Most CAI Tools and Workbenches today are designed along this workflow established for the first time at this scale in professional interpreting. Based on extensive research at the University of Heidelberg, our Workflows are extremely capable and go far beyond the legacy of Workbenches in both features and versatility. And it is fully open source and supported by swarm intelligence from coding, interpreting professionals and a host of research projects at the University of Heidelberg.

MA Conference Interpreting

Conference Interpreters work for International Institutions such as the European Union, the United Nations and the European Central Bank. They translate Heads of State and Government, ministers and opinion leaders in the limelight of international relations, technical conferences and scientific conventions.

It goes without saying that such responsibility comes with a measure of exposure as the wordings interpreters choose while thinking on their feet come under close scrutiny of the public eye.

To train responsible professionals who meet these exacting standards is the mandate which the University of Heidelberg has vested in its postgraduate master’s programme for conference interpreters.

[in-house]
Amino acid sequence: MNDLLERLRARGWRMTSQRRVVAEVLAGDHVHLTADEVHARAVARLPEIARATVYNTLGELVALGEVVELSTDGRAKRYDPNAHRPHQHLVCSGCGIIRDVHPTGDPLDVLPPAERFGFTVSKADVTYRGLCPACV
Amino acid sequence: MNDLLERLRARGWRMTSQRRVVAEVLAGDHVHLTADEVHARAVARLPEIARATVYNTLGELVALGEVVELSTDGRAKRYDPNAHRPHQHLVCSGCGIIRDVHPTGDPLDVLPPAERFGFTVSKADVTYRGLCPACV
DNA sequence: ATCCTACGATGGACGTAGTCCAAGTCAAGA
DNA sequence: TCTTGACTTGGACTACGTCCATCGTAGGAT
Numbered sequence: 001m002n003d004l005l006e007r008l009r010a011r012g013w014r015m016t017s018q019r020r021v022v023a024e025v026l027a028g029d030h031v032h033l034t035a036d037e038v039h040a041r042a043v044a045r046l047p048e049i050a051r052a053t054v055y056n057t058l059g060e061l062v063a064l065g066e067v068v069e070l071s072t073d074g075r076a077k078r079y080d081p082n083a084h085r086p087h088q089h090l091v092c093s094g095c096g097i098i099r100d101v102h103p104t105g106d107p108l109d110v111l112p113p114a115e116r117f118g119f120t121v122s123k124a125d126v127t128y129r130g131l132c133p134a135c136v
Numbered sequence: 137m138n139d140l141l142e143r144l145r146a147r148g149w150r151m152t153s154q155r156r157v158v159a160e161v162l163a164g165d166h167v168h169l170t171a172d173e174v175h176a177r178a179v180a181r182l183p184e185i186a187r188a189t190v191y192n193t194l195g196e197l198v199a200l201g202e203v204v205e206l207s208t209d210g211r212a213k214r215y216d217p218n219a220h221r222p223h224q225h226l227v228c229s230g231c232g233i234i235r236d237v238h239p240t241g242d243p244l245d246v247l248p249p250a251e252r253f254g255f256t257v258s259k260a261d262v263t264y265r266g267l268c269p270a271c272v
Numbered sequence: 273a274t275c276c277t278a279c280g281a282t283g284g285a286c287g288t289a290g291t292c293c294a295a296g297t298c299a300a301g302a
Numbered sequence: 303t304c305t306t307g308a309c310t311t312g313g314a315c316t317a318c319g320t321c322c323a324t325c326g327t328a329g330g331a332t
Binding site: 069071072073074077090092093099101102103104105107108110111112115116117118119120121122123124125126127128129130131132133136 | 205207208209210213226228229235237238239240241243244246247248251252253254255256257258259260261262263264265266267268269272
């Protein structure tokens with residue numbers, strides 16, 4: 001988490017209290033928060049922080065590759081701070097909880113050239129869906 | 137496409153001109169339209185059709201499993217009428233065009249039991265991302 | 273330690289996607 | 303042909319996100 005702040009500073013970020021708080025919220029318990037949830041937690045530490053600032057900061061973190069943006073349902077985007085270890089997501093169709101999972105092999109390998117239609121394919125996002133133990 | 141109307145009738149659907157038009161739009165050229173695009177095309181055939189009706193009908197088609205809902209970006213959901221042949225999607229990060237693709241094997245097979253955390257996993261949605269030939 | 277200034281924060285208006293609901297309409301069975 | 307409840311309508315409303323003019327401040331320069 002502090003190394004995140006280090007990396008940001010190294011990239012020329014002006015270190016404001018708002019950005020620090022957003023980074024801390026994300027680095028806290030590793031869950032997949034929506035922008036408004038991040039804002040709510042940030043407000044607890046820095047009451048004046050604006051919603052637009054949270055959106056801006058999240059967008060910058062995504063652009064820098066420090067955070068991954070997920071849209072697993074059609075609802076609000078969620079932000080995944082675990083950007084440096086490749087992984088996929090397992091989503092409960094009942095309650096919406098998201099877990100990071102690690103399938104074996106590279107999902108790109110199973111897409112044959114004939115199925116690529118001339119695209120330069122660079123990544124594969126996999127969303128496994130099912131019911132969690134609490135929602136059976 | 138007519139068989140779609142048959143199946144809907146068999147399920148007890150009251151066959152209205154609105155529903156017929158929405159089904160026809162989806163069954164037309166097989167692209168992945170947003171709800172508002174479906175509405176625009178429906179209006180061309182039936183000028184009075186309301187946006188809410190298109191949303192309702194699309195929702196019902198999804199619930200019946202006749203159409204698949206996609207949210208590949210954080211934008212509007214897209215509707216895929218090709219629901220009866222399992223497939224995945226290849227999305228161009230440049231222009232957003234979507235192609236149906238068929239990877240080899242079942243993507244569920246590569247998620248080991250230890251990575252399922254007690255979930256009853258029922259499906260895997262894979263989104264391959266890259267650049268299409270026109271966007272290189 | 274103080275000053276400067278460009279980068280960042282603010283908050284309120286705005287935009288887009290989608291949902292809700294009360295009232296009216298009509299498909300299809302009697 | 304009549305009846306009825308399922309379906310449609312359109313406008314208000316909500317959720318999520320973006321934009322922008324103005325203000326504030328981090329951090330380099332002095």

Practicing conference interpreters train carefully selected cohorts of young talent to hold their own under the unforgiving strain of being on‐air at technical conferences, where hundreds of listeners can depend on the skill of that one interpreter who currently works the mike.

Organising vast amounts of technical terminology, scientific papers and documentation are just some of the skills involved. Seasoned professionals also re‐arrange the concepts of a speech to render the meaning clearly and succinctly in the target language. Clarity of mind is as important to a conference interpreter as is excellent command of language.

In the day and age of befuddled communication in idioms spoken as a foreign language, delegates and conference organisers increasingly use interpreters to render communication more effective and focused on content matter ‐ using communication professionals has become a hallmark of being professional.